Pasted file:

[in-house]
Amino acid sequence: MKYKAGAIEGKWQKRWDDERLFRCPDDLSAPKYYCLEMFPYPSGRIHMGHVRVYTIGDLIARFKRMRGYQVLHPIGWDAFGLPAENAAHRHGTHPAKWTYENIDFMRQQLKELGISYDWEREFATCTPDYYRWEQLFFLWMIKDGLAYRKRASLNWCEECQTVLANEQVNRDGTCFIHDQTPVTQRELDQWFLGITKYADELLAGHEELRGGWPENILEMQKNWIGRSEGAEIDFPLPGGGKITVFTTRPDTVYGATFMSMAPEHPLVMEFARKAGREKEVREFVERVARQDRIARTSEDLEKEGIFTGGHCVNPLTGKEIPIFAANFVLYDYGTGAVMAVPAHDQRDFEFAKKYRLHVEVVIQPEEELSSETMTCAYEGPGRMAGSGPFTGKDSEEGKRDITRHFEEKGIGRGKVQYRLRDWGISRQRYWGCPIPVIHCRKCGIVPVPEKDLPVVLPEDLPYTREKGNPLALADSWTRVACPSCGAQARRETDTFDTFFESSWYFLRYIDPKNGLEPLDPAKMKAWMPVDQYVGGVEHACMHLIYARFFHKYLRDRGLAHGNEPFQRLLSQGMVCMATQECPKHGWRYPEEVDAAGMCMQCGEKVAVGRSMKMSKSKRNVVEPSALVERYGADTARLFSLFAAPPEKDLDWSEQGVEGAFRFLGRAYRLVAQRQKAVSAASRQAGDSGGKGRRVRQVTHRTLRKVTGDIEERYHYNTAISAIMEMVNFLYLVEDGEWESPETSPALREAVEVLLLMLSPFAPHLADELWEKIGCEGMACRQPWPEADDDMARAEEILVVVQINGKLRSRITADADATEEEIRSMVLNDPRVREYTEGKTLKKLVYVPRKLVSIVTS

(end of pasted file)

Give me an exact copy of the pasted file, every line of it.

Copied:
[in-house]
Amino acid sequence: MKYKAGAIEGKWQKRWDDERLFRCPDDLSAPKYYCLEMFPYPSGRIHMGHVRVYTIGDLIARFKRMRGYQVLHPIGWDAFGLPAENAAHRHGTHPAKWTYENIDFMRQQLKELGISYDWEREFATCTPDYYRWEQLFFLWMIKDGLAYRKRASLNWCEECQTVLANEQVNRDGTCFIHDQTPVTQRELDQWFLGITKYADELLAGHEELRGGWPENILEMQKNWIGRSEGAEIDFPLPGGGKITVFTTRPDTVYGATFMSMAPEHPLVMEFARKAGREKEVREFVERVARQDRIARTSEDLEKEGIFTGGHCVNPLTGKEIPIFAANFVLYDYGTGAVMAVPAHDQRDFEFAKKYRLHVEVVIQPEEELSSETMTCAYEGPGRMAGSGPFTGKDSEEGKRDITRHFEEKGIGRGKVQYRLRDWGISRQRYWGCPIPVIHCRKCGIVPVPEKDLPVVLPEDLPYTREKGNPLALADSWTRVACPSCGAQARRETDTFDTFFESSWYFLRYIDPKNGLEPLDPAKMKAWMPVDQYVGGVEHACMHLIYARFFHKYLRDRGLAHGNEPFQRLLSQGMVCMATQECPKHGWRYPEEVDAAGMCMQCGEKVAVGRSMKMSKSKRNVVEPSALVERYGADTARLFSLFAAPPEKDLDWSEQGVEGAFRFLGRAYRLVAQRQKAVSAASRQAGDSGGKGRRVRQVTHRTLRKVTGDIEERYHYNTAISAIMEMVNFLYLVEDGEWESPETSPALREAVEVLLLMLSPFAPHLADELWEKIGCEGMACRQPWPEADDDMARAEEILVVVQINGKLRSRITADADATEEEIRSMVLNDPRVREYTEGKTLKKLVYVPRKLVSIVTS